Discriminatory opposition to affordable housing for groups protected under the Code (“Not-in-my-backyard” syndrome or “NIMBYism”) makes it much harder to develop affordable social and supportive housing for people with mental health issues or addictions.
Use of the term “accommodation” refers to housing. You have the right to equal treatment when buying, selling, renting or being evicted from an apartment, house, condominium or commercial property. This right also covers renting or being evicted from a hotel room.
- Policy on human rights and rental housing
- Human rights for tenants (brochure)
- Human rights in housing: an overview for landlords (brochure)
- Writing a fair rental housing ad (fact sheet)
- Guidelines on developing human rights policies and procedures
- Discrimination based on disability and the duty to accommodate: Information for housing providers
On municipal responsibilities in planning and licensing housing:
For other publications on housing, click “Resource Types” on the left-hand panel.
March 1 2013 - The OHRC recognizes that accessibility requirements have been enhanced with each new edition of the Building Code regulation and welcomes the latest proposal for new barrier-free design requirements. The OHRC also has a number of concerns about the proposed changes as well as additional recommendations for barrier-free requirements in the Building Code regulation.
People with disabilities have the right to be free from discrimination in housing (“accommodation”). The Code applies to every part of buying or renting housing. This includes private, social, supportive and co-operative housing. When renting a place to live, the Code covers...
March 30, 2017 - Dear Mayor Canfield, thank you for taking the time to meet with us on February 15 in Kenora. As you know, we met with various members of the local Indigenous community at the Ne-Chee Friendship Centre, visited the Kenora Jail and met with Treaty 3 Grand Chief Francis Kavanaugh. During these visits we heard about challenges faced by Indigenous people related to education, child welfare, policing, corrections, and housing.
January 2014 - The Ontario Human Rights Commission (OHRC) has used a range of its functions to reduce and eliminate discrimination relating to land use planning. However, to meet Ministry goals and be consistent with Ontario’s Human Rights Code, the land use planning and appeal system needs to incorporate a human rights lens and provide human rights-related information, education and resources to those who implement and use the system. Planners and decision-makers throughout the system and in municipalities will benefit from clear guidance from the Province.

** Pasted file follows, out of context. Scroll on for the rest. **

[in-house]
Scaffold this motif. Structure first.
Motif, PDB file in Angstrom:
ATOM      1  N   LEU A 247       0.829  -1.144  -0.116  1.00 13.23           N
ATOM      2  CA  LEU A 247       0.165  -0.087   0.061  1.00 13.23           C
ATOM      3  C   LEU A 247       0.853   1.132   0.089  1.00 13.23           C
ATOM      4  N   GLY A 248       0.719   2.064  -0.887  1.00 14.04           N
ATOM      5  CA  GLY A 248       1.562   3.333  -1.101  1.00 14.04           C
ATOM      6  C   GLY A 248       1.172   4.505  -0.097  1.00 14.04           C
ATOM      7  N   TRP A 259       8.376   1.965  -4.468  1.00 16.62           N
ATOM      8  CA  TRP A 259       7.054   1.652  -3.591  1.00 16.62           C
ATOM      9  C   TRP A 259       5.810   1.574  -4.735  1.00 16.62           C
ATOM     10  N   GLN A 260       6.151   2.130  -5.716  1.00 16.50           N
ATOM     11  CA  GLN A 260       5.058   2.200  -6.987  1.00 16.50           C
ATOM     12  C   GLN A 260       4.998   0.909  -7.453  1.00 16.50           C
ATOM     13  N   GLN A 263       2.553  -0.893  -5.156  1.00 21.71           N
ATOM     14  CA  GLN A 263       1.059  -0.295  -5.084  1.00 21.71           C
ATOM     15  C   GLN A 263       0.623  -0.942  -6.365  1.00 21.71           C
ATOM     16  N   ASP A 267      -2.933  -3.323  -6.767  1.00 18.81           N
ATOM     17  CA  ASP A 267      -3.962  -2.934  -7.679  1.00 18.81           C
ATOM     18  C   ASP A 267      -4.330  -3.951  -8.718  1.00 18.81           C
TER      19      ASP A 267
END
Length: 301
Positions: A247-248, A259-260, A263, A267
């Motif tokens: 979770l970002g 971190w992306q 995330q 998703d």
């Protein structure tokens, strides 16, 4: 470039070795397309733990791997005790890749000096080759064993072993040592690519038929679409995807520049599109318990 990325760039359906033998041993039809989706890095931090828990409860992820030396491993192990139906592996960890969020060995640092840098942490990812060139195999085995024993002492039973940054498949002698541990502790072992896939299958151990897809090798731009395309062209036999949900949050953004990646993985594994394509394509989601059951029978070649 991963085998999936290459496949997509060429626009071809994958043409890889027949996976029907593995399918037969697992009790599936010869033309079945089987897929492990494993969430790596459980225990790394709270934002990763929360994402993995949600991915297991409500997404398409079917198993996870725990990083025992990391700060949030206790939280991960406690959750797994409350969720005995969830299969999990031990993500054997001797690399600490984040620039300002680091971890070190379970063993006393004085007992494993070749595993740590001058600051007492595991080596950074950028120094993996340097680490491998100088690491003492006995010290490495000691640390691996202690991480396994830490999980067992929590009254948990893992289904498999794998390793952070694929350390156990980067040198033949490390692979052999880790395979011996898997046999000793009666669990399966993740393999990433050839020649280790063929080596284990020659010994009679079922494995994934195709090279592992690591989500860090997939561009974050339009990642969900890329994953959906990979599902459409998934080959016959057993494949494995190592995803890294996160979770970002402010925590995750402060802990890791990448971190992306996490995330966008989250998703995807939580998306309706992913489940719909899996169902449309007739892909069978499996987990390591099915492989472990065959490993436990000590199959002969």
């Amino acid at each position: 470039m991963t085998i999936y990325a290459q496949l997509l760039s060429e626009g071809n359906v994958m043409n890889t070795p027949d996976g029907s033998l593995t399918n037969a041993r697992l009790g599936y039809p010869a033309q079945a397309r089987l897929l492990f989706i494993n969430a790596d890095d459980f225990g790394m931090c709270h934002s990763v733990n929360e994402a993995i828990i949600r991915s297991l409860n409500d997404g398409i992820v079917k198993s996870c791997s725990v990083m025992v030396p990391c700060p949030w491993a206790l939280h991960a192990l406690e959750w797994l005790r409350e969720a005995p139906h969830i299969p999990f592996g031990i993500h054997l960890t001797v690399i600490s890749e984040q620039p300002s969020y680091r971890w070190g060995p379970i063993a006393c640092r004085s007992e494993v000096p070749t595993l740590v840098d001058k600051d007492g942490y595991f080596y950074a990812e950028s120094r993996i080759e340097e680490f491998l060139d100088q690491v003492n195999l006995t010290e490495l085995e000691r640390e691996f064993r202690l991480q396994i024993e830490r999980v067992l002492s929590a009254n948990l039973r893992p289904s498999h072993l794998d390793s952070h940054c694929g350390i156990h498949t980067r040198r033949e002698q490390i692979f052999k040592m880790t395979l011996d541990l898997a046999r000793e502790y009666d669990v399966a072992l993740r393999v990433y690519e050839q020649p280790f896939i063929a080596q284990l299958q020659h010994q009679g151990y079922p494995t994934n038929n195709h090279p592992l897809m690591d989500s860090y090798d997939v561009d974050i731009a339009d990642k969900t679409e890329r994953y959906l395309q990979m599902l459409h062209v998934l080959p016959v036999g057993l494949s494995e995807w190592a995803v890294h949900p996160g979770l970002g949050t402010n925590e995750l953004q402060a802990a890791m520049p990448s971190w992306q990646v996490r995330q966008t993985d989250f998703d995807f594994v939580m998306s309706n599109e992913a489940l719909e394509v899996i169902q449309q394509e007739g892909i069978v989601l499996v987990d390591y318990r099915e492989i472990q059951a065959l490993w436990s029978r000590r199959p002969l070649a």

June 2014 - People with addictions have the same right to be free from discrimination as other people with disabilities. There is often a cross-over between addictions and mental health disabilities, and many people experience both. The Code also protects people from discrimination because of past and perceived disabilities. People with a mental health or addiction disability who also identify with other Code grounds (such as sex, race or age) may be distinctly disadvantaged when they try to find or keep housing. Stereotypes may exist that are based on combinations of these identities that place people at unique disadvantage.
2002 - Under the Ontario Human Rights Code, older persons have a right to be free from discrimination in housing. This right applies to renting, being evicted, building rules and regulations, repairs and use of services and facilities. Housing includes a range of accommodation options including rental accommodation, condominiums, retirement homes and care facilities.
August 2009 - The Ontario Human Rights Commission, (the “Commission”) commends the Ministry of Health and Long-Term Care (“Ministry”) for its work on an improved strategy to meet the needs of Ontarians with mental illnesses and addictions. The Commission is pleased to provide its input on this discussion paper, particularly with respect to the sections on Stigma and Healthy Communities.
May 2010 - Through its various consultations on age, disability, housing, and mental health, the OHRC has heard about the human rights concerns that have arisen with respect to retirement homes. For example, it has heard about retirement home providers not accommodating older residents' disabilities. It has heard about issues of heterosexism and homophobia, where gay, lesbian or bisexual people's lives were not recognized and their partners not acknowledged, or they were subjected to homophobic treatment by facility staff. Several groups expressed concern regarding the cultural, linguistic, and religious needs of older persons living in care facilities.
The Ontario Human Rights Code (the Code) provides for equal rights and opportunities, and freedom from discrimination. The Code recognizes the dignity and worth of every person in Ontario and applies to the areas of employment, housing, goods, facilities and services, contracts, and membership in unions, trade or professional associations. In Ontario, the law protects you from discrimination and harassment in these areas because of mental health disabilities and addictions. This includes past, present and perceived conditions.